Or in a Tiramisù by my decadent standards! I can’t conceive of a more a opulent way to add that touch of luxury to an otherwise fairly conventional dessert (which I still adore). To celebrate with class and style I suggest that you prepare this on a large elegant serving tray of glass, silver or white porcelain instead of the customary tradition of using a casserole dish. I find that the traditional method of using bakeware obscures the beauty of the layers taking away some of the appeal. Here I’ve used a round handmade, extra large glass plate with burnished gold trim to set the festive mood, but for a larger quantity I would suggest using an elongated serving plate. If having fewer guests you may also consider preparation in individual long-stemmed wine glasses with wide bowls placed on a sparking silver under tray for a more sophisticated look. I’ve created a recipe here which easily serves six and cuts into neat slices of 3 biscuits, 2 layers of zabaione cream and 1 layer of fresh cream in each slice. Double this recipe and you will have seconds for everyone, serve with a shot of Amarula or an espresso and you are bound to be ushering out a Very Merry lot. Let’s get started!


  • 18 lady finger biscuits
  • 2 cups of strong filter coffee
  • 2 egg yolks
  • 1 tbs castor sugar
  • 5 tbs Amarula
  • 250g mascarpone
  • 250ml fresh cream
  • 1 tsp confectioners sugar
  • cocoa powder for dusting
  • 50g cold dark chocolate
  1. Create a double boiler by placing a pot of water filled 1/4 of the way onto a low heat.
  2. Place egg yoks, castor sugar and 2 tbs of Amarula in a large heat resistant mixing bowl.
  3. Beat a with a hand mixer for 10 seconds before placing the dish over the double boiler. Ensure that the bottom of the dish is not touching the hot water.
  4. Beat on high speed until the yes triple in volume and become light and delicate sabayon.
  5. Remove sabayon from heat and let stand to cool for a few minutes.
  6. Add mascarpone and beat until smooth.
  7. Add the remaining Amarula and mix until well combined.
  8. In a cold mixing bowl whip fresh cream for two minutes, add confectioners sugar and continue whipping to stiff peak stage.
  9. Fill whipped cream into a piping bag with a pastry tip of your choice.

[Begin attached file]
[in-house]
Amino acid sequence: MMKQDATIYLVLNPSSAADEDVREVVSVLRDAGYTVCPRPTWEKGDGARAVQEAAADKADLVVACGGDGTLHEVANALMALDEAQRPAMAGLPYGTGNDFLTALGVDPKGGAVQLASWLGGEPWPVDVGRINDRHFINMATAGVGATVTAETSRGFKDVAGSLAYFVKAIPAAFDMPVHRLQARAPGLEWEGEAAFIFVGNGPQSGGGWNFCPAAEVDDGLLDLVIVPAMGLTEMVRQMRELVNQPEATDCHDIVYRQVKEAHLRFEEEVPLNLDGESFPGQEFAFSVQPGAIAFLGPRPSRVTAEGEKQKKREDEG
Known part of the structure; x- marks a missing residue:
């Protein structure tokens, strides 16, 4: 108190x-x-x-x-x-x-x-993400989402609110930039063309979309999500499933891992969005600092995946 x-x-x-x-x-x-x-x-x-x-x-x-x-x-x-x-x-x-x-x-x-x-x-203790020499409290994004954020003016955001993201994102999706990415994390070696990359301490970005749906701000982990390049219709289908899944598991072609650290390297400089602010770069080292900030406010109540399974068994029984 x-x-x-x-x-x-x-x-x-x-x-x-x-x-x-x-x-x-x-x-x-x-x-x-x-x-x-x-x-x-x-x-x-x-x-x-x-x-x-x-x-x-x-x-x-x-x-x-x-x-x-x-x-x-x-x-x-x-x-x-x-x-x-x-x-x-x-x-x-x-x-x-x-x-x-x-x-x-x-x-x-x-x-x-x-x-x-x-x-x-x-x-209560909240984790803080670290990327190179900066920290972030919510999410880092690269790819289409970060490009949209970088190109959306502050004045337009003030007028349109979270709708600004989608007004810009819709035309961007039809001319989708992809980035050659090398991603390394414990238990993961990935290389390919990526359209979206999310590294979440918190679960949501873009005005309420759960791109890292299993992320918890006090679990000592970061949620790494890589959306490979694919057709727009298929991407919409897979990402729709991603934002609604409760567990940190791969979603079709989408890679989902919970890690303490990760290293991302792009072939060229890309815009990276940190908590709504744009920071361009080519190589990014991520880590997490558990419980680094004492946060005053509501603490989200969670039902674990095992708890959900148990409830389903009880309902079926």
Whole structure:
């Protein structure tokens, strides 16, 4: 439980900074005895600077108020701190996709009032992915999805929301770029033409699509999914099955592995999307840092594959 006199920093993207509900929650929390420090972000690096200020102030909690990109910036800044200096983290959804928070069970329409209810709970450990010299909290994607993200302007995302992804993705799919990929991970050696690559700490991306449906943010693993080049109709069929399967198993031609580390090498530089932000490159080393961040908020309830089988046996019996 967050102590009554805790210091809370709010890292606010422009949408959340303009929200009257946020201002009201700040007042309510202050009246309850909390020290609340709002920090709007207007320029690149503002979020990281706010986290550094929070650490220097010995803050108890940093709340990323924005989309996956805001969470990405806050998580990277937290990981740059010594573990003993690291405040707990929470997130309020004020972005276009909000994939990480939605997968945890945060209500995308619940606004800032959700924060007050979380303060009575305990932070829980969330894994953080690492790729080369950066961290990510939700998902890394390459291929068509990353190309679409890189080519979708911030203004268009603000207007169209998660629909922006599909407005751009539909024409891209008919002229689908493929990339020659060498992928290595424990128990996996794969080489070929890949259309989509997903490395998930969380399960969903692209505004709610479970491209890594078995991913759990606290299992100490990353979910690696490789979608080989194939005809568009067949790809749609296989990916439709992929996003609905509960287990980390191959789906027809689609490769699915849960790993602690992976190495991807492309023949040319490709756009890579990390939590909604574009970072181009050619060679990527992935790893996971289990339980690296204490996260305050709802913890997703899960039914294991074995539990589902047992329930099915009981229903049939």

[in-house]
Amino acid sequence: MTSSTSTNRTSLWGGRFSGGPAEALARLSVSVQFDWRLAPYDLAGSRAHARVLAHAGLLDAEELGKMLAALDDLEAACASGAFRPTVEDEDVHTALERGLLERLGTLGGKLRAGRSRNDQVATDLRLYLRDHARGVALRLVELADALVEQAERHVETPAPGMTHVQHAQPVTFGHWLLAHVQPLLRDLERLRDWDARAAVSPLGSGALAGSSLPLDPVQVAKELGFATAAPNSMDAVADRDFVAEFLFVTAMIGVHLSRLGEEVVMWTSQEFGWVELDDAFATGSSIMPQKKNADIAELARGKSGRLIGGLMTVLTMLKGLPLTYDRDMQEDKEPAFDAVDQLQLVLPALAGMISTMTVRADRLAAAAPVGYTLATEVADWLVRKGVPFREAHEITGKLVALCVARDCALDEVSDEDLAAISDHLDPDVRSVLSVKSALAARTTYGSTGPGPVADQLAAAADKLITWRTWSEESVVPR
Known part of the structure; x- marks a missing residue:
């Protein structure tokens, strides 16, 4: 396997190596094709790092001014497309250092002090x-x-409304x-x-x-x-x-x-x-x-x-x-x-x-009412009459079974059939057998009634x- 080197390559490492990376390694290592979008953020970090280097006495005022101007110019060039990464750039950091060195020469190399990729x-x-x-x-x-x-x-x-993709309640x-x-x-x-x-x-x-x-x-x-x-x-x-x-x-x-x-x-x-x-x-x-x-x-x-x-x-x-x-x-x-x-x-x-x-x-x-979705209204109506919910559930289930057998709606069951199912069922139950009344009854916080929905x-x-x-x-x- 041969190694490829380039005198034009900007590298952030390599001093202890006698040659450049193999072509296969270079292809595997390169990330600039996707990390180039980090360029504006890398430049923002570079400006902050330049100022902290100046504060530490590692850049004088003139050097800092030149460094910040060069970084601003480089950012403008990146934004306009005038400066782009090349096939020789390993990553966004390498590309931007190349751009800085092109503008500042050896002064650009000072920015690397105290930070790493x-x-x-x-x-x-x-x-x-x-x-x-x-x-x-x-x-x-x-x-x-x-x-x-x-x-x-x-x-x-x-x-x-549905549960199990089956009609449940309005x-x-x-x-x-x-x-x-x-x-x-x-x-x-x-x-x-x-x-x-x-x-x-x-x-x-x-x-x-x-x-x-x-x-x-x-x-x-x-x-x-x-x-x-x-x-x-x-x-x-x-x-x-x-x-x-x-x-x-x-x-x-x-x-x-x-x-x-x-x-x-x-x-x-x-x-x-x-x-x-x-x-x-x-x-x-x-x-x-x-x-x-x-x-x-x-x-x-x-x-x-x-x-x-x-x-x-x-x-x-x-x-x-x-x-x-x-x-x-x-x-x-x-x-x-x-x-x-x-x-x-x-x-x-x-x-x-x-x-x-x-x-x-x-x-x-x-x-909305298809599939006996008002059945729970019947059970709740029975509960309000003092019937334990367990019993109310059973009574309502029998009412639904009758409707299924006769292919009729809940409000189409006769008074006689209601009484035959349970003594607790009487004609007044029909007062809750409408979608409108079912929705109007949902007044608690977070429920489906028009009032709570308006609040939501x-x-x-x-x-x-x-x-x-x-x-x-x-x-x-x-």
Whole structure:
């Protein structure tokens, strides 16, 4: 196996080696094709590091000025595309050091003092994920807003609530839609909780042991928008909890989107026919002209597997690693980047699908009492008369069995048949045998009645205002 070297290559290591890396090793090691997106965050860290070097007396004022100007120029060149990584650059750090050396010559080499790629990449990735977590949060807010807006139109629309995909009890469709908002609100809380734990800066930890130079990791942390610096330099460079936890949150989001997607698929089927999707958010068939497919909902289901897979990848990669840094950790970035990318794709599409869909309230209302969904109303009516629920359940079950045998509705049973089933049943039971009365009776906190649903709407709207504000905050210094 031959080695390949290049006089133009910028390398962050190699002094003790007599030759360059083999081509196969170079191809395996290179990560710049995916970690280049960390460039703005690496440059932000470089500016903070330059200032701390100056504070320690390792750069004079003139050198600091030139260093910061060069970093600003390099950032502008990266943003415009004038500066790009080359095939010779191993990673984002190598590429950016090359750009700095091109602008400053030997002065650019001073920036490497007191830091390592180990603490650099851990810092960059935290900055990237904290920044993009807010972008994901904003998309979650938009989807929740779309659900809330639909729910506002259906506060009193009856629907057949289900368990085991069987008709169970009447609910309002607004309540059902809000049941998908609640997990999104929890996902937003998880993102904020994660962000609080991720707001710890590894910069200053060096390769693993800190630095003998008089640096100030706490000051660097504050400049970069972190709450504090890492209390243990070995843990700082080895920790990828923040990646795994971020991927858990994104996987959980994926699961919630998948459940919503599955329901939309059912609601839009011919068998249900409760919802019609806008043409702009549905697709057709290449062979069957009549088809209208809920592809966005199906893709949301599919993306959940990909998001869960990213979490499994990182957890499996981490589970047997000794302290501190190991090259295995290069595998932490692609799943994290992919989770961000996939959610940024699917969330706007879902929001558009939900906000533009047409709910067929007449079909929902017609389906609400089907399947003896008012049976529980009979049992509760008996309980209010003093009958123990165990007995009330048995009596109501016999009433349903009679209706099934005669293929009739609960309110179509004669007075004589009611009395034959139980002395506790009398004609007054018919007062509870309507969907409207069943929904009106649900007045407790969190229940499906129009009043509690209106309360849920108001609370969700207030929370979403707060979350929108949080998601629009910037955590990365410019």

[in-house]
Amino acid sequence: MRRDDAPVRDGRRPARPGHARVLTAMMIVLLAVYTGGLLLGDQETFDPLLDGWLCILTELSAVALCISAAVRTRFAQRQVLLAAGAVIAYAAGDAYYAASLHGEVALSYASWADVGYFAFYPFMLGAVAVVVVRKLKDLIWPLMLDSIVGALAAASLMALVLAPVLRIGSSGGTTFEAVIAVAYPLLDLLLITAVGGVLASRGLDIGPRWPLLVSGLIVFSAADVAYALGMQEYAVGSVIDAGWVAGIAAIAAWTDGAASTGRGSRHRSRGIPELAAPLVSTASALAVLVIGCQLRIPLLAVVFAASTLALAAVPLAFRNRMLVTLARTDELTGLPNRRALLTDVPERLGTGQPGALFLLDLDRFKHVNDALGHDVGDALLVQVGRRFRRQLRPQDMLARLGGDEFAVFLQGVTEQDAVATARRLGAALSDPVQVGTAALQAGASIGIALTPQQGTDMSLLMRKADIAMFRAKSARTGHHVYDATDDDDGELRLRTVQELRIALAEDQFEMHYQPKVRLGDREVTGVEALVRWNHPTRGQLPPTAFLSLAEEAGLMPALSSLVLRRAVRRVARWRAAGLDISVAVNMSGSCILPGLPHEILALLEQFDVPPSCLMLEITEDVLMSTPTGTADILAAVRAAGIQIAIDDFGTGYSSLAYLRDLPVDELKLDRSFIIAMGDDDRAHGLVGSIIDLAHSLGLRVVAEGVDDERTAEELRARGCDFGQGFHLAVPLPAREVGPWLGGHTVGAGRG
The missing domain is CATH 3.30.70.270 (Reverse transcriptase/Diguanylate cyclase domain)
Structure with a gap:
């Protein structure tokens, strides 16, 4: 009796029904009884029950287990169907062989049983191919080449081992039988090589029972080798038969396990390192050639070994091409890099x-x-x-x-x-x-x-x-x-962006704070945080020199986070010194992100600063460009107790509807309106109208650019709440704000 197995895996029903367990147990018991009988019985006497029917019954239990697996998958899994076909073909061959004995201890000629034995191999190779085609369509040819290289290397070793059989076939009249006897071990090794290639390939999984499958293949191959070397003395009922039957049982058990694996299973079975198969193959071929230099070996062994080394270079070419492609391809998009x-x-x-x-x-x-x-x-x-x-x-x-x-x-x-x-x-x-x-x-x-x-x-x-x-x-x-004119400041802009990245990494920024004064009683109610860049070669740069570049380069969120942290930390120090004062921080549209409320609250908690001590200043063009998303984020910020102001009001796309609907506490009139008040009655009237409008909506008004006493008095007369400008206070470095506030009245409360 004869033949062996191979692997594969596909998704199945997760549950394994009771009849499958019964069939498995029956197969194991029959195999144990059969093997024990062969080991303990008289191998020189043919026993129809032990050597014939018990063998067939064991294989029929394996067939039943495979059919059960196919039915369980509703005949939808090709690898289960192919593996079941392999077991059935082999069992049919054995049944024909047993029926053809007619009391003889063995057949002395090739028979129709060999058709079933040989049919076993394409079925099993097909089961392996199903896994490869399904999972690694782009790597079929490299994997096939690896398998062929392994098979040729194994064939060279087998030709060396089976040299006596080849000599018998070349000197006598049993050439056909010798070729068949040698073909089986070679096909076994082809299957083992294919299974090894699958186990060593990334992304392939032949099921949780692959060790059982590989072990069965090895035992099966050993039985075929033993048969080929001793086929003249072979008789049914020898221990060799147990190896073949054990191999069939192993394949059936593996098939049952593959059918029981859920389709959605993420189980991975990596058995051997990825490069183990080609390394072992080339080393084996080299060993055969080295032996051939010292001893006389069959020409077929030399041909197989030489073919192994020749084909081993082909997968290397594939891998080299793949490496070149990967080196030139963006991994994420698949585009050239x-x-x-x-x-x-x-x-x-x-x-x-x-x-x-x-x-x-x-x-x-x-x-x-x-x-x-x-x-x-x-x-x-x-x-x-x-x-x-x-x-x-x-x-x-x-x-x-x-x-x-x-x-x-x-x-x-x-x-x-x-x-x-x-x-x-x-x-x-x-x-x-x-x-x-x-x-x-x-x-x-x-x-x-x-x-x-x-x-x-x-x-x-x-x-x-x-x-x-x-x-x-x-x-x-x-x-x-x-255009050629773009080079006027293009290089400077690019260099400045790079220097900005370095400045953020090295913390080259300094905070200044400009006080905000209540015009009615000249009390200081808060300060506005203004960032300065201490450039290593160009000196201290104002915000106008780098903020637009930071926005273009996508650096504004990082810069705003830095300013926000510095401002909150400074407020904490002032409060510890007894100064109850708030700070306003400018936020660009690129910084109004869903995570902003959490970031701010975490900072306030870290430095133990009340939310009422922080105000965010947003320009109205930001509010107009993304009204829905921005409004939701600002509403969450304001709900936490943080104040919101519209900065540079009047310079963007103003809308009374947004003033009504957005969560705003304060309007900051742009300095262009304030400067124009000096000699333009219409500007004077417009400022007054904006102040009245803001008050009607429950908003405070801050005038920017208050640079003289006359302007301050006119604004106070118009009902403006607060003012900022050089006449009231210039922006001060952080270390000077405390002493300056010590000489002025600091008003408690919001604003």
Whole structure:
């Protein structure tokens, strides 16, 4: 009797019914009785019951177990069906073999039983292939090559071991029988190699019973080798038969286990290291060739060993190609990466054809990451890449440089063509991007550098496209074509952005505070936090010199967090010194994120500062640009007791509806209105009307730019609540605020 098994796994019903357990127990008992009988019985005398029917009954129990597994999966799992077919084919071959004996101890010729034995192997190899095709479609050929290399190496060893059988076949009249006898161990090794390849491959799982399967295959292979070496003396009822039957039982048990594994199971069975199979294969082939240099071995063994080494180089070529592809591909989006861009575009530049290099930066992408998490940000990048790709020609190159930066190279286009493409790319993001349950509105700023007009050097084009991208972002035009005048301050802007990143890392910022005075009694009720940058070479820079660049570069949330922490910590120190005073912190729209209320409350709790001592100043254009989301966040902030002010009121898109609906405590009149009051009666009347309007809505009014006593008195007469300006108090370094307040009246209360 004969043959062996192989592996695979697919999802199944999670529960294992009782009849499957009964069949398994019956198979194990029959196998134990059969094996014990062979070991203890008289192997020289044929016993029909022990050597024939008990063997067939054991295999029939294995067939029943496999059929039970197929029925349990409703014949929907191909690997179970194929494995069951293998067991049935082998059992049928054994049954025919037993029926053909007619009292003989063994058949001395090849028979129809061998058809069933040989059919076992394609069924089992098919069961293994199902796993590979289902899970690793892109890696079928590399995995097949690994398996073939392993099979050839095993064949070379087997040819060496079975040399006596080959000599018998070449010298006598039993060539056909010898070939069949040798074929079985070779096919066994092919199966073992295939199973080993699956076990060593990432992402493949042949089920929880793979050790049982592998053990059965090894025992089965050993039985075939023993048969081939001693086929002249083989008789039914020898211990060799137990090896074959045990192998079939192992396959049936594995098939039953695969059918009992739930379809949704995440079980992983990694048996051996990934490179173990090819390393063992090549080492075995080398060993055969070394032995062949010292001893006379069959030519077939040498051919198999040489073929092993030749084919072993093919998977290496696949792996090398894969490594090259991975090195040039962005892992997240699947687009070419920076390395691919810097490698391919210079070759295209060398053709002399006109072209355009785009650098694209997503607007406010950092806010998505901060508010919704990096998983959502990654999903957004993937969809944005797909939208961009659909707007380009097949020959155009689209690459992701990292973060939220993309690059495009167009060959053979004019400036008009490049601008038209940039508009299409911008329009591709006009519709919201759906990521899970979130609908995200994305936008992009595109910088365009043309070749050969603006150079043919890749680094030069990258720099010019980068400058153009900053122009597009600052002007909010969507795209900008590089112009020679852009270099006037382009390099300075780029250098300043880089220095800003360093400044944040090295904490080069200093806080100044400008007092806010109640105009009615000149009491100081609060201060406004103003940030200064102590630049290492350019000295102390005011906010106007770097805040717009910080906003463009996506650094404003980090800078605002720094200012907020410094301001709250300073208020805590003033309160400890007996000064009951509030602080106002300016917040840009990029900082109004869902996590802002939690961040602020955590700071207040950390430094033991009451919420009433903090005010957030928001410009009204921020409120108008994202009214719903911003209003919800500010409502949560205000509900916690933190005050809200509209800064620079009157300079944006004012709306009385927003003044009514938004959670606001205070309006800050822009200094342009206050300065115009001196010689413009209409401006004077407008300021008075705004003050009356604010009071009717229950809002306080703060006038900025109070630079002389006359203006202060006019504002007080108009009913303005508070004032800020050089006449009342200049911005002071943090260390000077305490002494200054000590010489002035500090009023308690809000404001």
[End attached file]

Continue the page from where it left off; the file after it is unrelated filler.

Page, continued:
10. Twist the end of the bag tightly and place in the fridge.
  11. Place the cold coffee in a shallow bowl and begin dipping the biscuits.
  12. Dip six biscuits and place them sided by side to form one row of biscuits.
  13. Spoon over the first layer of sabayon cream over the soaked coffee biscuits.
  14. Repeat the first step by placing a second layer of dipped biscuits on top top of the first layer of sabayon.
  15. Again spoon remaining sabayon adequately over the biscuits.
  16. Remove piping bag form the refrigerator and pipe a layer of fresh cream over the last layer of biscuits in a pattern of your choice.
  17. Dust generously with cocoa powder.
  18. Finish with finely chopped chocolate.
Maestros Need to Know

*No Amarula? No problem. Irish Cream will suffice. 
*A very important note to remember when dipping the biscuits is not to dip both sides. Hold the biscuit under side into the coffee and let the biscuit soak up the coffee until the coffee reaches to 1/3 up to the surface of the biscuit. If you watch closely you will be able to see this happening clearly. I always use this method to prevent a soggy Tiramisù. As the dessert sets the moisture will reach the surface making for the perfect moistness in the base.

*In this recipe the yolks were almost orange giving this dessert a deep colour. Deep colour yolks usually come from free range hens and if you can buy them it will make your cream look that much richer.

*The best way to get an excellent Tiramisù is to use the finest coffee and the finest cocoa powder. These two ingredients is what makes this dessert truly exceptional.

*When chopping chocolate to garnish ensure that the chocolate is cold to prevent it melting when you begin chopping. Use a large chef knife and work in a rocking motion by holding the tip of your knife with your right hand and the handle with your left.

*To learn the best techniques to making  a sabayon please refer to the notes in the Legendary Gianduja Semifreddo recipe.